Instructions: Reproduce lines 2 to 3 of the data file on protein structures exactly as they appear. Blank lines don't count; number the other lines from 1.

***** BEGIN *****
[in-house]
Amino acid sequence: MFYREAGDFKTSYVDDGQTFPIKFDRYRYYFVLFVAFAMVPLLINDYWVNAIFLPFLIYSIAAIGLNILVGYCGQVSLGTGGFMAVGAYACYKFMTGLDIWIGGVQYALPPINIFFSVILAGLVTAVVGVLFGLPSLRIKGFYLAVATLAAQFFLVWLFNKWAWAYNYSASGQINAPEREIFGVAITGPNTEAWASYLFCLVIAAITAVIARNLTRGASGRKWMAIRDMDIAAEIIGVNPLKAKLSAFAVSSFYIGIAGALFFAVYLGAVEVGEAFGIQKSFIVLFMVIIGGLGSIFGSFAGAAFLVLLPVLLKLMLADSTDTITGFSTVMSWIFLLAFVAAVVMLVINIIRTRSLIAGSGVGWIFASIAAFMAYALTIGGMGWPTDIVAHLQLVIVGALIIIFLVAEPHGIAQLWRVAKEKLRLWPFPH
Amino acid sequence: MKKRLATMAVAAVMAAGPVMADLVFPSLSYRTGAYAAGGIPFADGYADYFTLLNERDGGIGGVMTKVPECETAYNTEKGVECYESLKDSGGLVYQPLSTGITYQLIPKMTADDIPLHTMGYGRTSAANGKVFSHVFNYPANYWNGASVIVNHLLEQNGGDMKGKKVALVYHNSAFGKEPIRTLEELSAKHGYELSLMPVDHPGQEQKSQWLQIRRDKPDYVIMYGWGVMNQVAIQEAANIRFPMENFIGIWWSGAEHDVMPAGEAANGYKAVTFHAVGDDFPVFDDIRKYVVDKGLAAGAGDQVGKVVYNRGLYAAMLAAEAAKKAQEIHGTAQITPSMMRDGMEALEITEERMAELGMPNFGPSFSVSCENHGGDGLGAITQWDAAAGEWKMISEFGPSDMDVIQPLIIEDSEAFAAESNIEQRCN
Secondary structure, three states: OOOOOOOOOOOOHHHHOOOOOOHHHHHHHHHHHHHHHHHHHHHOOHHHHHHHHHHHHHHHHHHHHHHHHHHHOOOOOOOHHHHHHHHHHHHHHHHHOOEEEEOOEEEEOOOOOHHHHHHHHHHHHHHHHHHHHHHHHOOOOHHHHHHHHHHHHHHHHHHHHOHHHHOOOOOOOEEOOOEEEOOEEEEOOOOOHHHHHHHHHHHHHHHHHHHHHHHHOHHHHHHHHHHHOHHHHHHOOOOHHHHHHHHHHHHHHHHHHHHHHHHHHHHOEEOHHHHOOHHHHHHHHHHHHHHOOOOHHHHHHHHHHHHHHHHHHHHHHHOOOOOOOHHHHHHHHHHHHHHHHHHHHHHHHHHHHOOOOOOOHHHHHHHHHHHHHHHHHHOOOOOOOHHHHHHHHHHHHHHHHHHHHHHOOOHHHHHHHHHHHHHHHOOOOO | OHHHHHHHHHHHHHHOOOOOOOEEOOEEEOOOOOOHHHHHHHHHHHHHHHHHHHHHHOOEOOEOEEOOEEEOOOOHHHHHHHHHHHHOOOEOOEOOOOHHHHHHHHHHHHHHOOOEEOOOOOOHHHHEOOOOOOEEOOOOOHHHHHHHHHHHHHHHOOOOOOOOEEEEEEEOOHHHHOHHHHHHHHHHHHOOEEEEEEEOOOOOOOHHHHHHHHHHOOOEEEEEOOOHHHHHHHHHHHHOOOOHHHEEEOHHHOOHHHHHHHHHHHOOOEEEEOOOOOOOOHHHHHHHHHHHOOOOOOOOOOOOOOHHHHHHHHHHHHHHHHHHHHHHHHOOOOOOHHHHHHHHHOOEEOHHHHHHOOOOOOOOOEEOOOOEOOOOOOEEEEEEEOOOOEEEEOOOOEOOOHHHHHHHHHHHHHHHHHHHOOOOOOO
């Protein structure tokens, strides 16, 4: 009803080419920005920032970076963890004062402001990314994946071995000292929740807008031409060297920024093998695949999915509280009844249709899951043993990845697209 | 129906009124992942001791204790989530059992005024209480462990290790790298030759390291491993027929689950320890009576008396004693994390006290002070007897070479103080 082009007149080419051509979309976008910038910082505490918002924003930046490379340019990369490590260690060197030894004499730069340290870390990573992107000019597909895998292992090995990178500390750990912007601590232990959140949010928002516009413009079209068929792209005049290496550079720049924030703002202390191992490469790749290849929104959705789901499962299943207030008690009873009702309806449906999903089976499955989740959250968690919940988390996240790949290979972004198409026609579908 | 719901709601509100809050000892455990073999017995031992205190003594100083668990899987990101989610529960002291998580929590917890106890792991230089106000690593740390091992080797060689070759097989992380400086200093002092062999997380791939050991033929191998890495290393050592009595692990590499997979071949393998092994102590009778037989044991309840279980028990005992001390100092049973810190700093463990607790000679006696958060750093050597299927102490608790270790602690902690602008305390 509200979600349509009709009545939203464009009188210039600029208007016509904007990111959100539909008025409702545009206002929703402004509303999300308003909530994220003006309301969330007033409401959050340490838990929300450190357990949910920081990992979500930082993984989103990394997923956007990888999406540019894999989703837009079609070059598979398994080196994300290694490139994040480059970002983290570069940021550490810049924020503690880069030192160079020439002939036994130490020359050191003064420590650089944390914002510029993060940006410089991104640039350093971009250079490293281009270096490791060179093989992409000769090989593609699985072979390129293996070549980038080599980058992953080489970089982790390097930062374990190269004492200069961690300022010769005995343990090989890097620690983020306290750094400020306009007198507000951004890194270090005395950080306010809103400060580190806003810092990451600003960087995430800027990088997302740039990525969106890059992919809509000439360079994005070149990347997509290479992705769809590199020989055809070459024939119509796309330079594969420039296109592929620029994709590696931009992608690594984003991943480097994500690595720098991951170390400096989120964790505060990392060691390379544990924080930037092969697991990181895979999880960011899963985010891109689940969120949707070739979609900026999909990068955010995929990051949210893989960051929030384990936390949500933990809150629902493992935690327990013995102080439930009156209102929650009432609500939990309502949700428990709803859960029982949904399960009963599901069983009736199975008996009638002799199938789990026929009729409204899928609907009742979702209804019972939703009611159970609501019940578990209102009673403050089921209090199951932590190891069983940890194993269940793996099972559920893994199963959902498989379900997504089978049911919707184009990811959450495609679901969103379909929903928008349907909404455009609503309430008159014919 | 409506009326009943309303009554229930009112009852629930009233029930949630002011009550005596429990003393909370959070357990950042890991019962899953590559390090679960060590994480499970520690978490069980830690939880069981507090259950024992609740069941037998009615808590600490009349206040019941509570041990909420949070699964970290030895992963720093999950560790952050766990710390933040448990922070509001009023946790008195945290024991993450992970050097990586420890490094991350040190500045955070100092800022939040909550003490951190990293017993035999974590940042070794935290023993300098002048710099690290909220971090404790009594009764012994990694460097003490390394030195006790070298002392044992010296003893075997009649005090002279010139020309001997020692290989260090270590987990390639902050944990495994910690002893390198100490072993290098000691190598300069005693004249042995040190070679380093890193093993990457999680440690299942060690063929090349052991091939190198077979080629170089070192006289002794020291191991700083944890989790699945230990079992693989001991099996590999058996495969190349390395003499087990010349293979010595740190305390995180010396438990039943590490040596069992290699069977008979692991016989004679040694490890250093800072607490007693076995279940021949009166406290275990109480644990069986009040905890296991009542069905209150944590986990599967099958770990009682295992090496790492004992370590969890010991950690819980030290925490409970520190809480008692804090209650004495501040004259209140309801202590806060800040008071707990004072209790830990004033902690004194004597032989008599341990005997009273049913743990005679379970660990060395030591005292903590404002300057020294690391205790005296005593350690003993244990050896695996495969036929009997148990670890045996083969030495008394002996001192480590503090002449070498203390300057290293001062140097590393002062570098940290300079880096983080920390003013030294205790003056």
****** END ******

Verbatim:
Amino acid sequence: MFYREAGDFKTSYVDDGQTFPIKFDRYRYYFVLFVAFAMVPLLINDYWVNAIFLPFLIYSIAAIGLNILVGYCGQVSLGTGGFMAVGAYACYKFMTGLDIWIGGVQYALPPINIFFSVILAGLVTAVVGVLFGLPSLRIKGFYLAVATLAAQFFLVWLFNKWAWAYNYSASGQINAPEREIFGVAITGPNTEAWASYLFCLVIAAITAVIARNLTRGASGRKWMAIRDMDIAAEIIGVNPLKAKLSAFAVSSFYIGIAGALFFAVYLGAVEVGEAFGIQKSFIVLFMVIIGGLGSIFGSFAGAAFLVLLPVLLKLMLADSTDTITGFSTVMSWIFLLAFVAAVVMLVINIIRTRSLIAGSGVGWIFASIAAFMAYALTIGGMGWPTDIVAHLQLVIVGALIIIFLVAEPHGIAQLWRVAKEKLRLWPFPH
Amino acid sequence: MKKRLATMAVAAVMAAGPVMADLVFPSLSYRTGAYAAGGIPFADGYADYFTLLNERDGGIGGVMTKVPECETAYNTEKGVECYESLKDSGGLVYQPLSTGITYQLIPKMTADDIPLHTMGYGRTSAANGKVFSHVFNYPANYWNGASVIVNHLLEQNGGDMKGKKVALVYHNSAFGKEPIRTLEELSAKHGYELSLMPVDHPGQEQKSQWLQIRRDKPDYVIMYGWGVMNQVAIQEAANIRFPMENFIGIWWSGAEHDVMPAGEAANGYKAVTFHAVGDDFPVFDDIRKYVVDKGLAAGAGDQVGKVVYNRGLYAAMLAAEAAKKAQEIHGTAQITPSMMRDGMEALEITEERMAELGMPNFGPSFSVSCENHGGDGLGAITQWDAAAGEWKMISEFGPSDMDVIQPLIIEDSEAFAAESNIEQRCN